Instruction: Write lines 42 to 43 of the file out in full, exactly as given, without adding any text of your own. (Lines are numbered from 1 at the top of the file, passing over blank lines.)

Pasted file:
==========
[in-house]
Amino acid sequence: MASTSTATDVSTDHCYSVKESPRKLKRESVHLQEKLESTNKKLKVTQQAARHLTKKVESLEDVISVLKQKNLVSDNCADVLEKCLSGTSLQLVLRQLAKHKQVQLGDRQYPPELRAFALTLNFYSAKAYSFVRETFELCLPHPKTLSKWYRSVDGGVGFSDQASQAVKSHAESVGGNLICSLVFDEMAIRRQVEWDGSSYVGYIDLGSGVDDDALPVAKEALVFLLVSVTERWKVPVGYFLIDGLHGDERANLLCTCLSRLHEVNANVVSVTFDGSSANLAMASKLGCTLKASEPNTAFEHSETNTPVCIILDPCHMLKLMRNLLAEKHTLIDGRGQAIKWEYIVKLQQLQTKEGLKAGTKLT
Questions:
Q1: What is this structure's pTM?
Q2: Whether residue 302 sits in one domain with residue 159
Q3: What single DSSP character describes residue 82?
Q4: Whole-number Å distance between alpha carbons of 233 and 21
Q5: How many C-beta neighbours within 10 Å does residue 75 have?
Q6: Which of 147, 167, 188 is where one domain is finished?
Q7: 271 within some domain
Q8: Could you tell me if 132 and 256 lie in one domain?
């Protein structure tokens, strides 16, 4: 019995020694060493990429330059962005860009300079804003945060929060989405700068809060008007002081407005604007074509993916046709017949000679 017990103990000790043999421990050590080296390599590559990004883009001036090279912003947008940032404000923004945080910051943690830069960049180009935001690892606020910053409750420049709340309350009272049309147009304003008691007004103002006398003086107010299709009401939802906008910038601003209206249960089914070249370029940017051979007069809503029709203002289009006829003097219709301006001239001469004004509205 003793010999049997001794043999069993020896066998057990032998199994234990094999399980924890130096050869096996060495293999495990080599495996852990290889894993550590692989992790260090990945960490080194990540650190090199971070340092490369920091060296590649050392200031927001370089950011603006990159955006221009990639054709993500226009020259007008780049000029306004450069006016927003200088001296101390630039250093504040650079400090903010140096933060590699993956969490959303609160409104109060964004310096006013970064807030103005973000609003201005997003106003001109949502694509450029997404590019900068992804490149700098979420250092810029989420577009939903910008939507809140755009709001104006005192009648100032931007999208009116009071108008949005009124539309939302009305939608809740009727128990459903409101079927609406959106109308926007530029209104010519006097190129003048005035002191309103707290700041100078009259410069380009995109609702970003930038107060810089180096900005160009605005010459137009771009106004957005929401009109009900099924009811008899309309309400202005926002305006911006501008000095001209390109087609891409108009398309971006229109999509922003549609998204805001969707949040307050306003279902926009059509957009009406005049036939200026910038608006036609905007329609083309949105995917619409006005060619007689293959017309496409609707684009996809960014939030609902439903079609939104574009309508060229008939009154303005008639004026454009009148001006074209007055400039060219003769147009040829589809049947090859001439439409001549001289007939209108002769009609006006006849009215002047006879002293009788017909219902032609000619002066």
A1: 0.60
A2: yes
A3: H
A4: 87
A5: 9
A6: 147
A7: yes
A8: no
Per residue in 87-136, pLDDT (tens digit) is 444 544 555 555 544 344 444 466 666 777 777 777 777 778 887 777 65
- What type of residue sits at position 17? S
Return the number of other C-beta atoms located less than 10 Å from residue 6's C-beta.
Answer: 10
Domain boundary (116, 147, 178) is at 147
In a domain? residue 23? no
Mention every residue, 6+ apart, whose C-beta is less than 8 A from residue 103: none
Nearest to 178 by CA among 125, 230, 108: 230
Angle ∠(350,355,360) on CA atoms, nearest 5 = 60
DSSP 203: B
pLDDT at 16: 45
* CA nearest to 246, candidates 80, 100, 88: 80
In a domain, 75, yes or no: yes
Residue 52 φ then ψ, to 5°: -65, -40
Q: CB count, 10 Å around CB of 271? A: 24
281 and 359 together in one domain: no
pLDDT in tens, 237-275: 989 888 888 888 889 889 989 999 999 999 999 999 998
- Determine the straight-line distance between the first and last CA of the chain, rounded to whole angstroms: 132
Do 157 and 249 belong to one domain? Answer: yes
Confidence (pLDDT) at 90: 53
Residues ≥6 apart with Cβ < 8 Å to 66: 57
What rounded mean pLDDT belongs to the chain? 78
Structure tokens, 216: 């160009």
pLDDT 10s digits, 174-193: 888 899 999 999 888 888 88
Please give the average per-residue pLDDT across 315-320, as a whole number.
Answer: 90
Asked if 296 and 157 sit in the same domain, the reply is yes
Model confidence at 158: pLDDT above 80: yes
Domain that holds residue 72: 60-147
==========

What rounded mean pLDDT belongs to the chain? 78
Structure tokens, 216: 């160009």